Ebola Symptoms and Diagnosis

Ebola is rare but is very deadly, it causes bleeding inside and outside the body. As the virus spreads through the body, it damages the immune system and organs. Ultimately, it causes levels of blood-clotting cells to drop. This leads to severe, uncontrollable bleeding. The disease, also known as Ebola hemorrhagic fever or Ebola virus, kills up to 90% of people who are infected.

Ebola

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Symptoms start two days to three weeks after contracting the virus, with a fever, sore throat, joint and muscle pain and headaches, weakness, stomach pain and lack of appetite. Ebola can feel like the flu or other illnesses. Symptoms show up 2 to 21 days after infection. As the disease gets worse, it causes bleeding inside the body, as well as from the eyes, ears and nose. Some people will vomit or cough up blood, have bloody diarrhea and get a rash along with decreased functioning of the liver and kidneys. The virus may be acquired upon contact with blood or bodily fluids of an infected animal. Spreading through the air has not been documented in the natural environment. Fruit bats are believed to be a carrier and may spread the virus without being affected. Once human infection occurs, the disease may spread between people, as well. Male survivors may be able to transmit the disease via semen for nearly two months. To make the diagnosis, typically other diseases with similar symptoms such as malaria, cholera and other viral hemorrhagic fevers are first excluded. To confirm the diagnosis, blood samples are tested for viral antibodies, viral RNA or the virus itself. There is no FDA-approved vaccine available for Ebola. But they will not give up trying to find a vaccine to protect people from getting this horrible and fatal disease. Scientists are working on a variety of vaccines that would protect people from Ebola or Marburg viruses. Some of the results have been promising, but further testing is needed. It is hoped that one will be available by November of 2014.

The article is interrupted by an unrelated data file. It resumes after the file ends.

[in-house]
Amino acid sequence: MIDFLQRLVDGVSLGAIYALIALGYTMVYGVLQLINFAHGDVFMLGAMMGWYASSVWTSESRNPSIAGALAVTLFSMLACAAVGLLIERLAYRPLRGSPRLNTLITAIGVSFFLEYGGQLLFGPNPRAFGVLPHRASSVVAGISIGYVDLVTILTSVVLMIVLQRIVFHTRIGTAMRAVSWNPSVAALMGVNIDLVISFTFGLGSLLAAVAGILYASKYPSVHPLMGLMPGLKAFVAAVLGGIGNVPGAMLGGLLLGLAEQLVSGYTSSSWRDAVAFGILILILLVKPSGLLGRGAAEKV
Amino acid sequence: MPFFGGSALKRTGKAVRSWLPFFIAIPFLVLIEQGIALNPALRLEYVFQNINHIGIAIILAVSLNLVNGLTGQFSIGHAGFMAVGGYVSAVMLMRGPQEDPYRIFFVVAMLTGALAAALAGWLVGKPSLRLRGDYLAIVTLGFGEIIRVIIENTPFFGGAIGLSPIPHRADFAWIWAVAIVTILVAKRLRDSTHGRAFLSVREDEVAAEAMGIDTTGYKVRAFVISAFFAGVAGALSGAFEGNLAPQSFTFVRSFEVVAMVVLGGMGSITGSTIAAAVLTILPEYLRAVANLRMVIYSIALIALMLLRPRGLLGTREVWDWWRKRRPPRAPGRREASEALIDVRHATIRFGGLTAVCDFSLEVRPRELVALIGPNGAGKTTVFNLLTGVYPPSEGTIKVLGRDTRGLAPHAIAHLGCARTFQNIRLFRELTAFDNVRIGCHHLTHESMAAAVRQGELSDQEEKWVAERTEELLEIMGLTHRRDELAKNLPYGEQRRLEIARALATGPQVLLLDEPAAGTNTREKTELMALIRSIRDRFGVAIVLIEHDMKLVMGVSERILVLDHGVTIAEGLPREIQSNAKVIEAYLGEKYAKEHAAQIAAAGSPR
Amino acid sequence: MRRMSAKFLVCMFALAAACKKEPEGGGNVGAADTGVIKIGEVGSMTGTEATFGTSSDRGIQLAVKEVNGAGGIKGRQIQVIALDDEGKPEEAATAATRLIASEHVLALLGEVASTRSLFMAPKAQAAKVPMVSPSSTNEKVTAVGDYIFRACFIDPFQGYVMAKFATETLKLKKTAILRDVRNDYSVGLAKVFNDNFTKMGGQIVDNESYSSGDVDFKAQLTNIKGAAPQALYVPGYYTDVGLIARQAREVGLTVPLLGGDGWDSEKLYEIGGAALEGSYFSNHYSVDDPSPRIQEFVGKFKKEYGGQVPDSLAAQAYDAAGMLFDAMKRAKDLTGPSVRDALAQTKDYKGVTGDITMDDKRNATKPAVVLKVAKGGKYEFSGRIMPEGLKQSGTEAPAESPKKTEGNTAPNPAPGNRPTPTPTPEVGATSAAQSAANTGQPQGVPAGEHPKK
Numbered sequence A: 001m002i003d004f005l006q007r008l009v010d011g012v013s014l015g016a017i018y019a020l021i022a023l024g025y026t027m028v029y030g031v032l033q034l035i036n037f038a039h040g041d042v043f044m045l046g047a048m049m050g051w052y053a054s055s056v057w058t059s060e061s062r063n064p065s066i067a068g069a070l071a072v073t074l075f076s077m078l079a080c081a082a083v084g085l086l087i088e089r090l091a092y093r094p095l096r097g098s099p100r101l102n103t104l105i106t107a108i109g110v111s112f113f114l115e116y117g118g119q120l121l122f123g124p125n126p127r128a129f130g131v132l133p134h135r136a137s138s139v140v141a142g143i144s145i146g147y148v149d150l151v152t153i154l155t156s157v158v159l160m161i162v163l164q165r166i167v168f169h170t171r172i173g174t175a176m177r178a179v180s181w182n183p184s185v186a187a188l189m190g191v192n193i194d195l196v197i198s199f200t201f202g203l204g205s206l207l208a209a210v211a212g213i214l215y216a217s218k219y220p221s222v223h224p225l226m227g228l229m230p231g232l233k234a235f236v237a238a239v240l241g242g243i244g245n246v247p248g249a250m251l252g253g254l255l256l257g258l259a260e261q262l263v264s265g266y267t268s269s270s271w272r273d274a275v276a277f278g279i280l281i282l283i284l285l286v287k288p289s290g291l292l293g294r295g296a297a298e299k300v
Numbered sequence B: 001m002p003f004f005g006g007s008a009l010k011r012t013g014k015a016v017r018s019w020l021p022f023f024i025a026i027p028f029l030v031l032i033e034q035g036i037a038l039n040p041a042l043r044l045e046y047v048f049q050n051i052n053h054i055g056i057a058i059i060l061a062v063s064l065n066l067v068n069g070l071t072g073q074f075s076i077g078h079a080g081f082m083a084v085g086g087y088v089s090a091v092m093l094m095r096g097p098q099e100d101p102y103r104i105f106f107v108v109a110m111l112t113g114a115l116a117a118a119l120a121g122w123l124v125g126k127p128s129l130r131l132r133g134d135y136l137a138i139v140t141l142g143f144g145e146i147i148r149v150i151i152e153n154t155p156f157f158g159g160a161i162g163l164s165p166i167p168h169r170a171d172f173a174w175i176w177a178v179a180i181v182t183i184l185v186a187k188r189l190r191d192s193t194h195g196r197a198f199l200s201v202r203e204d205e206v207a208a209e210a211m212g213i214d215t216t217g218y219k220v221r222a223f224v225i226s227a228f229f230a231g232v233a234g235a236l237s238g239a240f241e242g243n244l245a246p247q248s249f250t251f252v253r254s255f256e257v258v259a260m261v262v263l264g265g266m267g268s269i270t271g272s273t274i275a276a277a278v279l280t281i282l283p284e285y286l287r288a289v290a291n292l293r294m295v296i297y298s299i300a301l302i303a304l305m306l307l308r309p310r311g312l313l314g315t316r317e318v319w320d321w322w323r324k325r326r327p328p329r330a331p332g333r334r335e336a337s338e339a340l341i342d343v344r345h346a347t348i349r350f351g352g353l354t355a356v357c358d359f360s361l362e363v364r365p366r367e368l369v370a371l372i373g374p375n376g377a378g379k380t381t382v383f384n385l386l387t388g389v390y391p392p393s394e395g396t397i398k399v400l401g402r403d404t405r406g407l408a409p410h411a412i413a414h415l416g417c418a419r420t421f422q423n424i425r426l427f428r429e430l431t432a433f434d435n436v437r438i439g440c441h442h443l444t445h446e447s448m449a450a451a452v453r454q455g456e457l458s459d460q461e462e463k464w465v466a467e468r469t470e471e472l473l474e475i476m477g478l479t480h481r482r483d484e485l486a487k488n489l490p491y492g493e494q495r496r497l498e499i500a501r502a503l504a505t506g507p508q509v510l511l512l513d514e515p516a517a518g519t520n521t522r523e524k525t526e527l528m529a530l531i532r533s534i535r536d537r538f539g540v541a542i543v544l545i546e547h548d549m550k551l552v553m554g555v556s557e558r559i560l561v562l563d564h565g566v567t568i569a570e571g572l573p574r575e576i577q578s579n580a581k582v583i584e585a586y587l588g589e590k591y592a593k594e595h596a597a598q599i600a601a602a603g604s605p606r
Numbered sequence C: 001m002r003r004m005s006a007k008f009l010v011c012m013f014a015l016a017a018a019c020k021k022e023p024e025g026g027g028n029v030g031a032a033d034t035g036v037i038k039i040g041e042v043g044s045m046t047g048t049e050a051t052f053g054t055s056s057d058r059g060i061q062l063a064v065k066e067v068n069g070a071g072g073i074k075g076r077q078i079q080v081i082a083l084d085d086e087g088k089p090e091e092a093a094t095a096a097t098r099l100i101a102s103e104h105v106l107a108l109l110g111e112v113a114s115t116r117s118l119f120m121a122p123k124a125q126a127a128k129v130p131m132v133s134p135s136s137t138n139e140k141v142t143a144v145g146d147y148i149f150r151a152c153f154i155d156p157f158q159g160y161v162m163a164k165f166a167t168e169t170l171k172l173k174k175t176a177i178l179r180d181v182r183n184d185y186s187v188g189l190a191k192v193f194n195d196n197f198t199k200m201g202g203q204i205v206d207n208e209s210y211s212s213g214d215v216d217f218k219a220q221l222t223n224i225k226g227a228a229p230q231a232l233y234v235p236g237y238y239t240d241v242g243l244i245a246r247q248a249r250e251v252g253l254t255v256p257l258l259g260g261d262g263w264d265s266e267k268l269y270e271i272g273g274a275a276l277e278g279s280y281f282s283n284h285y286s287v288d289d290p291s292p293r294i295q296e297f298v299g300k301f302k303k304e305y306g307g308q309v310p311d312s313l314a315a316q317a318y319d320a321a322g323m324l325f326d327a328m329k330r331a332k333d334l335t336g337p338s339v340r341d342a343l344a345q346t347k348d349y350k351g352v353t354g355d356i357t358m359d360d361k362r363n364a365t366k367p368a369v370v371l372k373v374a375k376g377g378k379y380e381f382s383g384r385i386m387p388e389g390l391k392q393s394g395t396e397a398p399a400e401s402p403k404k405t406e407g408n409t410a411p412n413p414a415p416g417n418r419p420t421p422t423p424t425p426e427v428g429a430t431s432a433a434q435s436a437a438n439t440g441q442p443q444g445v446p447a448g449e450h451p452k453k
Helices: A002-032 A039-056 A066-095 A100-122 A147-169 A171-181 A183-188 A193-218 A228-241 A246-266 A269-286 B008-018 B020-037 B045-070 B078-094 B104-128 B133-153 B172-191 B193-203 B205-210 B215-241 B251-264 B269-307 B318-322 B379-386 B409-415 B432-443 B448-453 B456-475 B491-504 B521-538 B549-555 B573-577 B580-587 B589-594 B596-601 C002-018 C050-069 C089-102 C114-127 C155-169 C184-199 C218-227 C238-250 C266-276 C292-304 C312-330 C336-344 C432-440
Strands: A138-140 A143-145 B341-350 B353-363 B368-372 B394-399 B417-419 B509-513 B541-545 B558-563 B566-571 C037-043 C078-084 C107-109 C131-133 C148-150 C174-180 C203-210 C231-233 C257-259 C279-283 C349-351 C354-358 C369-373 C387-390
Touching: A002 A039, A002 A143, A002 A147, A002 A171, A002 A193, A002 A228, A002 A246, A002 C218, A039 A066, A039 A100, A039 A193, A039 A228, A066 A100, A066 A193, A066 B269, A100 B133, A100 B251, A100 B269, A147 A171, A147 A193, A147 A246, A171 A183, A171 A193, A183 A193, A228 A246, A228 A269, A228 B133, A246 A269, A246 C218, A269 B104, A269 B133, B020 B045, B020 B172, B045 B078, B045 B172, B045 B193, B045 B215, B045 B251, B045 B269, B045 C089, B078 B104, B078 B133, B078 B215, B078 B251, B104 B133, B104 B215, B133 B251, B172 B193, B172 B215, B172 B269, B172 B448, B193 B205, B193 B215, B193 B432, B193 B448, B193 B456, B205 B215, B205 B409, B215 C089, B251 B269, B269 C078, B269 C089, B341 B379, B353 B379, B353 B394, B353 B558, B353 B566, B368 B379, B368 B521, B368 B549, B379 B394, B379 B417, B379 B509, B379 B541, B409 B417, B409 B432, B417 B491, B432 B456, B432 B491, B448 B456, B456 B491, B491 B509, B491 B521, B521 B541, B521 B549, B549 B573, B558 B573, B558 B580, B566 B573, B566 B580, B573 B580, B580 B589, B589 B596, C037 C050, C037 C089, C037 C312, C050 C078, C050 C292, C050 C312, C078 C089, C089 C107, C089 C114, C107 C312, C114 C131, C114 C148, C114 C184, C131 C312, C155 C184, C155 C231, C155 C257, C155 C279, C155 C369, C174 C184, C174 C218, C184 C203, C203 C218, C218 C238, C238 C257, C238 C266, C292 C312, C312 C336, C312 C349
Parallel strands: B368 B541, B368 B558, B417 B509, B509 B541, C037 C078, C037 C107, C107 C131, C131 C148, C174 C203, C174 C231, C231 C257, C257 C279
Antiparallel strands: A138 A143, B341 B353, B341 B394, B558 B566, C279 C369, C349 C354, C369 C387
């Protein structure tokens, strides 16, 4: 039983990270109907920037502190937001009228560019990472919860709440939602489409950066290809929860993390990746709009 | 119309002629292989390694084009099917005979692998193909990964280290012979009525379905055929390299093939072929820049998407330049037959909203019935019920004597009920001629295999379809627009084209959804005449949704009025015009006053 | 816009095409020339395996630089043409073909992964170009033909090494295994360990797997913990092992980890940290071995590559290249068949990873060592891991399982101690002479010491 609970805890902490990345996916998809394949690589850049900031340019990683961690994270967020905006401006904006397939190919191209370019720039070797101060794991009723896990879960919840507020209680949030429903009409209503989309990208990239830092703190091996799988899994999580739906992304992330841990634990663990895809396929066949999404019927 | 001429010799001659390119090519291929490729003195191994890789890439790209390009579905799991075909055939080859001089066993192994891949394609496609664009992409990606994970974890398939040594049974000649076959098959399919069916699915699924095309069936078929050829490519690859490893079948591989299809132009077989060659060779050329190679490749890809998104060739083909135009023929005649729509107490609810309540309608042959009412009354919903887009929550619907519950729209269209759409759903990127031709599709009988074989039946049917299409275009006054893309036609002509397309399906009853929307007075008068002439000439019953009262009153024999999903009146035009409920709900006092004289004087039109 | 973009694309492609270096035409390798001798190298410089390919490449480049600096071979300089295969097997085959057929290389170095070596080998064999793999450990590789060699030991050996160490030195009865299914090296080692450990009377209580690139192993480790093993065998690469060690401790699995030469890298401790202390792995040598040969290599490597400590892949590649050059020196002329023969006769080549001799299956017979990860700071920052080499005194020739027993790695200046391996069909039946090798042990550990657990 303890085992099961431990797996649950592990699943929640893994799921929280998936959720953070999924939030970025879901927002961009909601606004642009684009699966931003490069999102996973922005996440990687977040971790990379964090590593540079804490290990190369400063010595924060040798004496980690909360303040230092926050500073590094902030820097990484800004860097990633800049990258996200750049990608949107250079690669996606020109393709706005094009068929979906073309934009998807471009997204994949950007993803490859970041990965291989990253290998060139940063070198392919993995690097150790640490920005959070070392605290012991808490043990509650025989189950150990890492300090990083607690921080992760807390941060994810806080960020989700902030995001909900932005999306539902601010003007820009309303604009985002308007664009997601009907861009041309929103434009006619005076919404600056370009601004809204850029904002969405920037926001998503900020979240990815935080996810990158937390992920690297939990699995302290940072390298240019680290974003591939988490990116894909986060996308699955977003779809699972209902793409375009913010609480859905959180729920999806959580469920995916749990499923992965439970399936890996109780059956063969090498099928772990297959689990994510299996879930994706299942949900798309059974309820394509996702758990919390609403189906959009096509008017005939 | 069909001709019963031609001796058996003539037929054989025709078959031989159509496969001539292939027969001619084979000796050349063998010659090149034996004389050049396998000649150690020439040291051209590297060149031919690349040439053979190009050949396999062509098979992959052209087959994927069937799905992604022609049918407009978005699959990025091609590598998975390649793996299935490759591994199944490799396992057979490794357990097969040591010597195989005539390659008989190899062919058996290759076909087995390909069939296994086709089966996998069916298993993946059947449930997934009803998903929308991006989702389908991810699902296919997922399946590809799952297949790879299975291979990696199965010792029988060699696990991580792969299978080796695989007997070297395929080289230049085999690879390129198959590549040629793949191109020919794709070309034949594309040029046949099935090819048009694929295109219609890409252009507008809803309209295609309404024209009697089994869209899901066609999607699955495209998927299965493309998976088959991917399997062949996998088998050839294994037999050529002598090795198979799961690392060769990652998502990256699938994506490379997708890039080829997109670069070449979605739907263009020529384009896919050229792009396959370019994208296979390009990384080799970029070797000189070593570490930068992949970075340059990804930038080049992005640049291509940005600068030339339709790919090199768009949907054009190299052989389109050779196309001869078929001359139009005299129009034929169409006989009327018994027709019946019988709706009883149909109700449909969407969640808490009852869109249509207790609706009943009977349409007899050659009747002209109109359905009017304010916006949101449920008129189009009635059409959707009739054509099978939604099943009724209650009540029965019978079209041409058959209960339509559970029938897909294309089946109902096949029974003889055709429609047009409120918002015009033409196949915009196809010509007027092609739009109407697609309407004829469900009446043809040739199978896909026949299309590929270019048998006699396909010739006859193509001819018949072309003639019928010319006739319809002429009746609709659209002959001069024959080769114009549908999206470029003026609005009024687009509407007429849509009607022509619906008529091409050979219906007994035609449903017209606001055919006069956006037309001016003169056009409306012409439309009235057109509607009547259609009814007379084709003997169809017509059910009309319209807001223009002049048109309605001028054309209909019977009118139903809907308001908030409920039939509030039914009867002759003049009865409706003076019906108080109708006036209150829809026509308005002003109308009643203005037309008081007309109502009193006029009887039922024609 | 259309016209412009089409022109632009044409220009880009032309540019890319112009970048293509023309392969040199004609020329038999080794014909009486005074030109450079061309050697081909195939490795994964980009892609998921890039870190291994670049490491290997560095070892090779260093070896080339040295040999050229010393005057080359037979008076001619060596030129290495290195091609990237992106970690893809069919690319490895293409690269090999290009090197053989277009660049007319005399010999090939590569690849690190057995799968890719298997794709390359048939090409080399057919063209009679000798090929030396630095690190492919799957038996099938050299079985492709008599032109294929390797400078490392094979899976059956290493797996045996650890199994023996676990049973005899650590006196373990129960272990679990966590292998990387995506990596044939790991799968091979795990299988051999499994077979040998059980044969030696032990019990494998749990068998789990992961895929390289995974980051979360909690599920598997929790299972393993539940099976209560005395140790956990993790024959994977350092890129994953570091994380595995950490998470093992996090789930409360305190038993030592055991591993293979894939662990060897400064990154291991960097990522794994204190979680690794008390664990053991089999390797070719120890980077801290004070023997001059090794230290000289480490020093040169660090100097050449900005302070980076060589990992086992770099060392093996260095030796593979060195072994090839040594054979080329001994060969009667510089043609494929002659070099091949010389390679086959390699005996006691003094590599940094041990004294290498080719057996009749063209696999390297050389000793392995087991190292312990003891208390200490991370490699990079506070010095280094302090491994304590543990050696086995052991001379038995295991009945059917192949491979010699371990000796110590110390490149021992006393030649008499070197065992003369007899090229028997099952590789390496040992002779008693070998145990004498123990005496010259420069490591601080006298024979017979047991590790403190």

Will Ebola Reach the USA

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The 2014 Ebola outbreak is one of the largest Ebola outbreaks in history and the first in West Africa. It’s affecting five countries in West Africa. The outbreak does not pose a significant risk to the United States. The CDC says there’s no significant risk of Ebola in the United States.  It has strong safety measures in place for people who have Ebola and are brought to the U.S. for treatment. Ebola can spread from country to country when people travel. So it is possible for it to reach the U.S. if an infected person travels here. But there are ways to prevent people from coming to U.S. airports with the disease. Airline crews are trained to spot the symptoms of Ebola in passengers flying from places where the virus is found. Crews are told to quarantine anyone who looks infected.

How to Protect Yourself from the Ebola Virus

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Prevention focuses on avoiding contact with the viruses. The following precautions can help prevent infection and spread of Ebola and Marburg. If you travel to or are in an area affected by an Ebola outbreak, make sure to do the following to protect yourself and loved ones.

  • Practice careful hygiene. Avoid contact with blood and body fluids. Wash your hands frequently. As with other infectious diseases, one of the most important preventive measures is frequent hand-washing. Use soap and water, or use alcohol-based hand rubs containing at least 60 percent alcohol when soap and water aren’t available. Take hand sanitizer everywhere with you, give it to your kids and let them know why.
  • Do not handle items that may have come in contact with an infected person’s blood or body fluids.
  • Avoid funeral or burial rituals that require handling the body of someone who has died from Ebola.
  • Avoid contact with bats and nonhuman primates or blood, fluids and raw meat prepared from these animals. Like Bush Meat so be sure to Avoid bush meat. In developing countries, avoid buying or eating the wild animals, including nonhuman primates, sold in local markets.
  • Avoid hospitals where Ebola patients are being treated. The U.S. embassy or consulate is often able to provide advice on facilities.
  • After you return, monitor your health for 21 days and seek medical care immediately if you develop symptoms of Ebola.
  • Avoid areas of known outbreaks. Before traveling to Africa, find out about current epidemics by checking the Centers for Disease Control and Prevention website.